Yes, 100% of the Swedish friends I have came from other Swedish cities and had to make new friends AND have a lot in common with me to begin with. I respect the fact that somebody who already has friends doesn't feel the need to have more, but I also think it wouldn't hurt to be friendly with people beyond the prospect of developing a long-term friendship. You can have a very beautiful and life-changing conversation with somebody you will never see again. The funny thing is, I was absolutely convinced I was an introvert before moving here, and that it wouldn't be hard to integrate, but I was obviously wrong. You're right, on the bright side this is a great opportunity to get to know myself. I love Danes more indeed, they're more similar to the French. Plus we can bond over the fact that we speak some of Europe's weirdest sounding languages.
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vexzg
post 15.Apr.2018, 01:47 PM
Post #15
Joined: 9.Jun.2017

Been in sthlm for 5years, moved because of career, we have a settled family life/careers and most of things.

my experience: Getting Swedish friends is hard work, with many failures and expectations of "friendship" not being met. Generally not worth it if you move here after some age, I came when I was around 30, perhaps if I moved here to study it would be different. Locals keep to themselves, seek no help and offer mostly none. No spontaneous events. There can be months between seeing some Swedish so called "friends".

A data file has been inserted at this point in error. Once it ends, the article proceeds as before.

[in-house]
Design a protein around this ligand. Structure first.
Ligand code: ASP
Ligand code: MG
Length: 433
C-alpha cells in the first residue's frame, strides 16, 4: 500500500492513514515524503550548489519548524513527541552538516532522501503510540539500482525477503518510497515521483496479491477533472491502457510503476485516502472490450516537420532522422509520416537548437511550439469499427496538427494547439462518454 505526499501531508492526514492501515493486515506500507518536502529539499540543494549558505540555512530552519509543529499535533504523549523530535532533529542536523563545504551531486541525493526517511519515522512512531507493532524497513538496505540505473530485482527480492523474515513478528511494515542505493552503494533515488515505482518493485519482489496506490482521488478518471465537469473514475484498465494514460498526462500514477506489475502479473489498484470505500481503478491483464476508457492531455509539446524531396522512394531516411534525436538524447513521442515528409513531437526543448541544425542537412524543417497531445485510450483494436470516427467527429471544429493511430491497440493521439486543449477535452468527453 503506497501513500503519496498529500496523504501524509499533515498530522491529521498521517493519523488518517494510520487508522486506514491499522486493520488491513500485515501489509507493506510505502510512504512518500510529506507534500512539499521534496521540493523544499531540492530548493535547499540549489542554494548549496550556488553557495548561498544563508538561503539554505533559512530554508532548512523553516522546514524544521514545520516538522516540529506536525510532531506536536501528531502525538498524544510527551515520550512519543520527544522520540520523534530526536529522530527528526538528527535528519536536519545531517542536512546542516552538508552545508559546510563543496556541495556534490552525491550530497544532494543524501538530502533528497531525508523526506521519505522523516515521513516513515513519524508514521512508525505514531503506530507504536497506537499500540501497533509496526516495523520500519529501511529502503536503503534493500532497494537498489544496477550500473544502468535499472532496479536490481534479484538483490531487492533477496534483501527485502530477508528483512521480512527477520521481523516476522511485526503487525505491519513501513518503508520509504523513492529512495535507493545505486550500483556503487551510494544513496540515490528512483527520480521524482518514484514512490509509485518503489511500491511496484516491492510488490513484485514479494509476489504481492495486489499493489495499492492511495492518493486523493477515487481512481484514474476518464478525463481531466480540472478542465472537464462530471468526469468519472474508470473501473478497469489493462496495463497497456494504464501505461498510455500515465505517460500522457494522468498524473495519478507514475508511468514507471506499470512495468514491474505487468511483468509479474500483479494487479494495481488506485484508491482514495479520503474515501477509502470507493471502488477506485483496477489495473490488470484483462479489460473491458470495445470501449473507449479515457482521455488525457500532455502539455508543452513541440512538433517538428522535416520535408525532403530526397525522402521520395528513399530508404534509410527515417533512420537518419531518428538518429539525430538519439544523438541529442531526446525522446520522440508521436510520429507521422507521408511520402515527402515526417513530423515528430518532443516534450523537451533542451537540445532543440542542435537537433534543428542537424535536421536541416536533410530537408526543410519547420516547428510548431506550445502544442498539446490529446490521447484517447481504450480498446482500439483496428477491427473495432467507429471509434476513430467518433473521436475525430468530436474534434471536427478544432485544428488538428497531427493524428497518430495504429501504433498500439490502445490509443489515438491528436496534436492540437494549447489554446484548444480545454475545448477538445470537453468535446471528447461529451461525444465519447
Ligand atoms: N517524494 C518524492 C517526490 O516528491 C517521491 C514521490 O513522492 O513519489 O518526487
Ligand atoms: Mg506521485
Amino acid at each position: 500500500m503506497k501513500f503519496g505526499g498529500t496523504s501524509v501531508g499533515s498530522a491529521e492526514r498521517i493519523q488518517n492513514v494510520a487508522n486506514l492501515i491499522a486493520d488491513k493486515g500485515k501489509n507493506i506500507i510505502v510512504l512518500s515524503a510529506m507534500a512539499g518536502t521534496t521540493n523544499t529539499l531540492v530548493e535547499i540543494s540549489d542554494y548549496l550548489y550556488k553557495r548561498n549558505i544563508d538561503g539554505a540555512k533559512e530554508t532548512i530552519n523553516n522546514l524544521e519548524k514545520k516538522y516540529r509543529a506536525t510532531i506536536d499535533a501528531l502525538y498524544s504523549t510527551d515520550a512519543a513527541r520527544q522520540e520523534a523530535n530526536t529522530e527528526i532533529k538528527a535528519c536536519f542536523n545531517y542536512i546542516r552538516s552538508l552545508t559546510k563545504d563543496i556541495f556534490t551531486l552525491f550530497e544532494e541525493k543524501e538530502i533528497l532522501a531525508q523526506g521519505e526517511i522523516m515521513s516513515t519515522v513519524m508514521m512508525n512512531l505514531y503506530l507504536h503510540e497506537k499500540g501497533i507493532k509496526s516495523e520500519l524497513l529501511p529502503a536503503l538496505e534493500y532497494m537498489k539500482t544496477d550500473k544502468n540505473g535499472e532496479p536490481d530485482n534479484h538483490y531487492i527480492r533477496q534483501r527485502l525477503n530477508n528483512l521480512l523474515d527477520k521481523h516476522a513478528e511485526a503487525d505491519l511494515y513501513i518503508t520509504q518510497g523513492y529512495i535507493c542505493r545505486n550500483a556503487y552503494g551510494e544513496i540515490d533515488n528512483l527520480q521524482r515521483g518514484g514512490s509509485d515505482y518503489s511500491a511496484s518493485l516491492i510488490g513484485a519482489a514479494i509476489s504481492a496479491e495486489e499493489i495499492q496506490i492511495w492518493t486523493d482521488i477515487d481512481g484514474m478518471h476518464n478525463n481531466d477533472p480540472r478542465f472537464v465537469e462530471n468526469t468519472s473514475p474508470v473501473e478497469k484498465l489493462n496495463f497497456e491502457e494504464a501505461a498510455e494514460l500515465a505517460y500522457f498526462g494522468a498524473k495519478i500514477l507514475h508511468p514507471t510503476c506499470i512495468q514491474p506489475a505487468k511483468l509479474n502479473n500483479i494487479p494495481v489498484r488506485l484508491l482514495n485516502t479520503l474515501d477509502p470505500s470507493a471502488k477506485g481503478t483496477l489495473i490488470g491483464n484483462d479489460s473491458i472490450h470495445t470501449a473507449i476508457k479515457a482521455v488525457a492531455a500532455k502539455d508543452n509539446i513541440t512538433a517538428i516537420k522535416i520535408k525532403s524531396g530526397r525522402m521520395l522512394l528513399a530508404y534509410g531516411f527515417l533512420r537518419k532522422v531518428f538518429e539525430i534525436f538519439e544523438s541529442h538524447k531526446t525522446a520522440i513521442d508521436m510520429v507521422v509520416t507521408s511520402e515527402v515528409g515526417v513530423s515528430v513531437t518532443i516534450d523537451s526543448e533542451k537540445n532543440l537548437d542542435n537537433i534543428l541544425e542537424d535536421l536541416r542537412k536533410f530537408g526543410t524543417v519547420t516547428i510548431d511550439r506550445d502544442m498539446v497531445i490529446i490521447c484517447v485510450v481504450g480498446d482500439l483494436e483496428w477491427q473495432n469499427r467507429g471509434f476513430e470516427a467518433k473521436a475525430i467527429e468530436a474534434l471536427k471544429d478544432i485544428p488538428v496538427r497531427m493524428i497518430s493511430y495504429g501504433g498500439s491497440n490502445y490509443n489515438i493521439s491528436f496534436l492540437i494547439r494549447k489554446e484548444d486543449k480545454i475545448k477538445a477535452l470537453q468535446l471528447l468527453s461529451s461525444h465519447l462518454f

FYI "maybe" means "no" because typically Swedish are to shy/coward to say "no directly"

I (we) have given up on trying. By trying we mean, inviting over, inviting somewhere else, inviting to have a party, do stuff together, offering help to natives etc.

The only thing which sort of works is to get to know locals through your joint interests/clubs/hobbies etc. But if this interest ceases so does the friendship.

If I was here without family no money in the world would keep me here. Can't imagine falling in love with a local native. It seems many couples split when the relationship is requiring some compromise, which is too much for self centered people valuing their independence above all else.

My diagnosis would be that local culture values independence and love towards oneself above all else.

Watch the movie "Swedish theory of love" and good luck.